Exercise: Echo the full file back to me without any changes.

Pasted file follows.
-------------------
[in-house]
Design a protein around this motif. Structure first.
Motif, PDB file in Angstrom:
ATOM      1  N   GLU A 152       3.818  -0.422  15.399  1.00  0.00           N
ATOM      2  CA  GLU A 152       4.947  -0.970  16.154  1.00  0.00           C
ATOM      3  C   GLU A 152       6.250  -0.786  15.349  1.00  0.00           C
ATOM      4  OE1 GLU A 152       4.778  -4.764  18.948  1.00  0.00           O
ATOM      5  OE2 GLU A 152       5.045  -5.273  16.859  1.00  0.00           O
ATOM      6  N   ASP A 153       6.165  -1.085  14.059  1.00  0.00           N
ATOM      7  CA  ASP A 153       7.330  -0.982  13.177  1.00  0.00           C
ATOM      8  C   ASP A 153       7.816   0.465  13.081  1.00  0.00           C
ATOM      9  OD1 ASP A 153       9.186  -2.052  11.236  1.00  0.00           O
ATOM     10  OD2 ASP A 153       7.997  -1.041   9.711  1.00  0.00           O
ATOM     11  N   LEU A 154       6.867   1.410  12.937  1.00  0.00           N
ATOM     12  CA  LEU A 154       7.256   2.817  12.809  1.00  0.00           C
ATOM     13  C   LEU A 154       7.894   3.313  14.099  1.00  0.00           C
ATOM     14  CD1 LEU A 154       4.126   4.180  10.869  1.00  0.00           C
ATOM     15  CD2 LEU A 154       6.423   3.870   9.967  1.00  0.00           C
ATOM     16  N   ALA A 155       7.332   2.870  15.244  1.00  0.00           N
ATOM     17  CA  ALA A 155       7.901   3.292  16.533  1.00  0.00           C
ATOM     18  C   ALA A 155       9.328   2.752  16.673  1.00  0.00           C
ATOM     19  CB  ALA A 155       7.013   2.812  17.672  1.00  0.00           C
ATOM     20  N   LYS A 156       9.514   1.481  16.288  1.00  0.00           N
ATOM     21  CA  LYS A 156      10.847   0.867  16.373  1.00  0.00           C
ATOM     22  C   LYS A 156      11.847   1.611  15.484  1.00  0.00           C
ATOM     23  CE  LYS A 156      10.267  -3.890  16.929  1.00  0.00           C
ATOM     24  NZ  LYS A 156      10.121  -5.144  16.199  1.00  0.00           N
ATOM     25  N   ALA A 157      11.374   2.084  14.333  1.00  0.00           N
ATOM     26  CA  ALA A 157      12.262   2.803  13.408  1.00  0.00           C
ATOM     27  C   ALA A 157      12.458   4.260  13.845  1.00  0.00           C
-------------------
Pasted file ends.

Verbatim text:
[in-house]
Design a protein around this motif. Structure first.
Motif, PDB file in Angstrom:
ATOM      1  N   GLU A 152       3.818  -0.422  15.399  1.00  0.00           N
ATOM      2  CA  GLU A 152       4.947  -0.970  16.154  1.00  0.00           C
ATOM      3  C   GLU A 152       6.250  -0.786  15.349  1.00  0.00           C
ATOM      4  OE1 GLU A 152       4.778  -4.764  18.948  1.00  0.00           O
ATOM      5  OE2 GLU A 152       5.045  -5.273  16.859  1.00  0.00           O
ATOM      6  N   ASP A 153       6.165  -1.085  14.059  1.00  0.00           N
ATOM      7  CA  ASP A 153       7.330  -0.982  13.177  1.00  0.00           C
ATOM      8  C   ASP A 153       7.816   0.465  13.081  1.00  0.00           C
ATOM      9  OD1 ASP A 153       9.186  -2.052  11.236  1.00  0.00           O
ATOM     10  OD2 ASP A 153       7.997  -1.041   9.711  1.00  0.00           O
ATOM     11  N   LEU A 154       6.867   1.410  12.937  1.00  0.00           N
ATOM     12  CA  LEU A 154       7.256   2.817  12.809  1.00  0.00           C
ATOM     13  C   LEU A 154       7.894   3.313  14.099  1.00  0.00           C
ATOM     14  CD1 LEU A 154       4.126   4.180  10.869  1.00  0.00           C
ATOM     15  CD2 LEU A 154       6.423   3.870   9.967  1.00  0.00           C
ATOM     16  N   ALA A 155       7.332   2.870  15.244  1.00  0.00           N
ATOM     17  CA  ALA A 155       7.901   3.292  16.533  1.00  0.00           C
ATOM     18  C   ALA A 155       9.328   2.752  16.673  1.00  0.00           C
ATOM     19  CB  ALA A 155       7.013   2.812  17.672  1.00  0.00           C
ATOM     20  N   LYS A 156       9.514   1.481  16.288  1.00  0.00           N
ATOM     21  CA  LYS A 156      10.847   0.867  16.373  1.00  0.00           C
ATOM     22  C   LYS A 156      11.847   1.611  15.484  1.00  0.00           C
ATOM     23  CE  LYS A 156      10.267  -3.890  16.929  1.00  0.00           C
ATOM     24  NZ  LYS A 156      10.121  -5.144  16.199  1.00  0.00           N
ATOM     25  N   ALA A 157      11.374   2.084  14.333  1.00  0.00           N
ATOM     26  CA  ALA A 157      12.262   2.803  13.408  1.00  0.00           C
ATOM     27  C   ALA A 157      12.458   4.260  13.845  1.00  0.00           C